As knowledge about the dangers of concussions in sports continues to grow, Mayo Clinic will make baseline concussion testing available at no cost to more than 100,000 high school student athletes in Arizona leading up to the 2011-2012 sports season.
The baseline concussion testing initiative comes on the heels of the passage of Arizona Senate Bill 1521, which requires that high school athletes who have sustained a head injury be barred from further physical activity until they’re cleared by a licensed health care provider. The law also requires schools to educate coaches, students and parents about the dangers of concussions.
Baseline concussion testing measures how the brain is working before injury, and has recently been recommended by the Arizona Interscholastic Association for all scholastic athletes. The Computerized Cognitive Assessment Tool will be available through benefactor support and Mayo Clinic at no cost to the athlete. The test can be taken from any computer with Internet access, takes 8-15 minutes to complete, and the athlete or parent can share the results with health care providers of their choice.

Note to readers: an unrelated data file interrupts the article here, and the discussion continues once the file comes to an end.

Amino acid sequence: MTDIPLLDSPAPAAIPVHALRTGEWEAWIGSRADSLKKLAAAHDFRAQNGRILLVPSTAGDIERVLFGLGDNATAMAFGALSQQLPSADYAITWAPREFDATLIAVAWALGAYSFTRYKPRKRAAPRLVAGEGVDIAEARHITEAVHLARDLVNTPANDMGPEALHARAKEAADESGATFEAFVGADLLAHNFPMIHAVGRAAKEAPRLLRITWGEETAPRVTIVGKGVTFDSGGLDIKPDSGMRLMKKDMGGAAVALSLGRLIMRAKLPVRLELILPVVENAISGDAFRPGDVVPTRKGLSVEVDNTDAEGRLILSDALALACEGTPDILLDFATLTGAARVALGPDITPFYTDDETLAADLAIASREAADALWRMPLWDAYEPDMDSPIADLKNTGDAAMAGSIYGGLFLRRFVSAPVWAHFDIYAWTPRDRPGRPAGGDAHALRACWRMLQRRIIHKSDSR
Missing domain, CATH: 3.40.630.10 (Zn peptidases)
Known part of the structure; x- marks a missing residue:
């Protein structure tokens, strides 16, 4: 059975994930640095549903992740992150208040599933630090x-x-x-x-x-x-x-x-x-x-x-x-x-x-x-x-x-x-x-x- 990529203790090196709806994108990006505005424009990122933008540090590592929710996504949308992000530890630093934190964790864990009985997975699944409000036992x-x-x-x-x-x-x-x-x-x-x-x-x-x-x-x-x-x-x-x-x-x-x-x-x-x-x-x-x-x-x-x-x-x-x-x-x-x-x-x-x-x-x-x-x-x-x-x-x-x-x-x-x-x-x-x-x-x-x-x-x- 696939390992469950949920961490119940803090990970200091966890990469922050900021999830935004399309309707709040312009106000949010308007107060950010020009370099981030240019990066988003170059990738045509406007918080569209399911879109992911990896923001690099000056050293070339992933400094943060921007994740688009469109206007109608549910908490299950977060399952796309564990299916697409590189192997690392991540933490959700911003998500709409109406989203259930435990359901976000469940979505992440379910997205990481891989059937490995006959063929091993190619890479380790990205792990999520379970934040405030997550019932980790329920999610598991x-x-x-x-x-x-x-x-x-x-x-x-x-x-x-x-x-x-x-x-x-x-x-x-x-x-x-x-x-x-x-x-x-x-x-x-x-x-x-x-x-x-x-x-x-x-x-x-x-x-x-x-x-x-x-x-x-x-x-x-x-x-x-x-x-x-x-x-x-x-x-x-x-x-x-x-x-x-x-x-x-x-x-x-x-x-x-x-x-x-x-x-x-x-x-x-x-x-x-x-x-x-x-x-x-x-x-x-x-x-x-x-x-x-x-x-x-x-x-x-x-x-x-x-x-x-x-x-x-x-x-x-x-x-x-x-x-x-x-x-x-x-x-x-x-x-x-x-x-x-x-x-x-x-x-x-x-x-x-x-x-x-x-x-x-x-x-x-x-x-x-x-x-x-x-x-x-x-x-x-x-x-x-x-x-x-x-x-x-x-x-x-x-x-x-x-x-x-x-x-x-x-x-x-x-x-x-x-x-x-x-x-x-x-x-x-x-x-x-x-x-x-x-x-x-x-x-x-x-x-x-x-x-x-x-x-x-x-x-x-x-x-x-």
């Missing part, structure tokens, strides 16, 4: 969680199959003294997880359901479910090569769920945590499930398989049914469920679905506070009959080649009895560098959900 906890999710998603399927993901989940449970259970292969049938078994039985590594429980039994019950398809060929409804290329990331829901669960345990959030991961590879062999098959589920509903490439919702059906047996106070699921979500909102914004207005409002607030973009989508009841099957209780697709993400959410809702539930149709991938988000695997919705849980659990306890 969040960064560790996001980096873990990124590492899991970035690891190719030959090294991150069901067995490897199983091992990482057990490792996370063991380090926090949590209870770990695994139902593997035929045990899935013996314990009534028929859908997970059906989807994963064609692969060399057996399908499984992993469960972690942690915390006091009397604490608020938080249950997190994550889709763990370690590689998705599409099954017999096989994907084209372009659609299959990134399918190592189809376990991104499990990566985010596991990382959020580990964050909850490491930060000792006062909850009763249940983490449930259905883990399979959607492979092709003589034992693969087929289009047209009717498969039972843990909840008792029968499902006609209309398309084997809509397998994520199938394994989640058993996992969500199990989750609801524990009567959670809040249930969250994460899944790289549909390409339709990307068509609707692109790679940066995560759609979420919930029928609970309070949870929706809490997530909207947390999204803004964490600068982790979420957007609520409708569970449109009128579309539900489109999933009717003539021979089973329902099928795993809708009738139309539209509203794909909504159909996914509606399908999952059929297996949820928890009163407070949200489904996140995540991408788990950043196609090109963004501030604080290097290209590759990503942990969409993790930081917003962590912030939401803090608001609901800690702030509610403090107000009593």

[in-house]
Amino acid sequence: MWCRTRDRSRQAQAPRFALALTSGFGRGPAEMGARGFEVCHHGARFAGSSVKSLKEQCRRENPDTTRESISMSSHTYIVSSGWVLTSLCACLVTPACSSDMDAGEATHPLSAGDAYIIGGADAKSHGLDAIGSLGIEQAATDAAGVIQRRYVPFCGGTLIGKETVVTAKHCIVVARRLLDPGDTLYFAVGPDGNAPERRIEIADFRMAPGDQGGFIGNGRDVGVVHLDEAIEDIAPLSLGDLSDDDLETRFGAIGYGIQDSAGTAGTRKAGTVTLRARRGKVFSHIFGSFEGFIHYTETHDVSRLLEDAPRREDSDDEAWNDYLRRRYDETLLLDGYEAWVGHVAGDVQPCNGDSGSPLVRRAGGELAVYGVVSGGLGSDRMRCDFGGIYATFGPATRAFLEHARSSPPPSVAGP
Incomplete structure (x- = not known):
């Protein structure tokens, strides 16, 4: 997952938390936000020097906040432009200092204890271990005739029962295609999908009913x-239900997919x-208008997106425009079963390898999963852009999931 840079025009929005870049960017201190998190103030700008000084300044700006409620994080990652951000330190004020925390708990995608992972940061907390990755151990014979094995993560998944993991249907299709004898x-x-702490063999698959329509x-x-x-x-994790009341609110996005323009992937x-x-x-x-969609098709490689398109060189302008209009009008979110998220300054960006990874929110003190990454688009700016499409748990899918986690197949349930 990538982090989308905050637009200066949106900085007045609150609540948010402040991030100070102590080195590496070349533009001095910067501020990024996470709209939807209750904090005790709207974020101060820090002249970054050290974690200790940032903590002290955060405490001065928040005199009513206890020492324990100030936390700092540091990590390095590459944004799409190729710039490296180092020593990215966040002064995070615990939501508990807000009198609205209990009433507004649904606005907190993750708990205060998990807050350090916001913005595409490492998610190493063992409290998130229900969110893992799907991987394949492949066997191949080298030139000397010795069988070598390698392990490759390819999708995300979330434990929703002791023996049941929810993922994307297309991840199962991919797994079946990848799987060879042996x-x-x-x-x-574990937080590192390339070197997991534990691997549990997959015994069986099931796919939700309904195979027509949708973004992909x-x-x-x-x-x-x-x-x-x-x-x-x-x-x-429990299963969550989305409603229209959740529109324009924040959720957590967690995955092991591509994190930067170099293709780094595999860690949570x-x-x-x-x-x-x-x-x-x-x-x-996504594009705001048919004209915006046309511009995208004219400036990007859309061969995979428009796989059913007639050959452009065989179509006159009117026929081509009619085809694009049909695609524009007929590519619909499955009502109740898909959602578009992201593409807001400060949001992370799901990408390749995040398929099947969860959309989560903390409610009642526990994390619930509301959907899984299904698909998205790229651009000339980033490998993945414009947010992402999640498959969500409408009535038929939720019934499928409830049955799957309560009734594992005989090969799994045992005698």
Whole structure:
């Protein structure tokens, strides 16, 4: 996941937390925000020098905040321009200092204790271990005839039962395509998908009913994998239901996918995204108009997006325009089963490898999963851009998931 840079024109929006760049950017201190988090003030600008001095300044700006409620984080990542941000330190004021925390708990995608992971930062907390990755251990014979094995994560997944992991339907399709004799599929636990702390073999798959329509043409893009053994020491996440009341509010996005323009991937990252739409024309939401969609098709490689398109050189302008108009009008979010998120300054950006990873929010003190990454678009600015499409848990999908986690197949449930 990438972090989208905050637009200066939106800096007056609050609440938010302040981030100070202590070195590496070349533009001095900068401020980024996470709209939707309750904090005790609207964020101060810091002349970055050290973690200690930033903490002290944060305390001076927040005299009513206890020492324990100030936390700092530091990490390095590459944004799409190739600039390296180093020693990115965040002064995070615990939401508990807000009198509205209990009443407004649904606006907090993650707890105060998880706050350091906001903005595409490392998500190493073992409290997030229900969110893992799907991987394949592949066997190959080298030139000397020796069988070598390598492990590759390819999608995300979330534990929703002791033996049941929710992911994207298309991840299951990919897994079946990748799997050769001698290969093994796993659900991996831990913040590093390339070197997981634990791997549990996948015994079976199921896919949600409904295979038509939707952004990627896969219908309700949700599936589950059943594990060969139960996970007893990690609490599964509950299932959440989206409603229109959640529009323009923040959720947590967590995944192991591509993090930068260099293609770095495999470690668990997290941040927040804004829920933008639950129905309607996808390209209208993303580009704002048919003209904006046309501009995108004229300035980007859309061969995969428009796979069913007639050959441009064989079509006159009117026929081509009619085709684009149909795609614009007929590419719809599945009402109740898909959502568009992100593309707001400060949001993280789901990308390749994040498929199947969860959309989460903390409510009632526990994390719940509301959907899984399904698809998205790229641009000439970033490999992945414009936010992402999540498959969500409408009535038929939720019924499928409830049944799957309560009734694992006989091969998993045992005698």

“The diagnosis of concussion, assessment of its severity, and knowing when an athlete can return to physical activity, competition, work or school is not always clear,” said David Dodick, M.D., a Professor of Neurology at Mayo Clinic in Arizona and President of the American Headache Society. “Having a baseline concussion assessment for each athlete will assist in a physician’s ability to identify and quantify a change in brain function, and determine when the athlete has returned to his or her baseline.”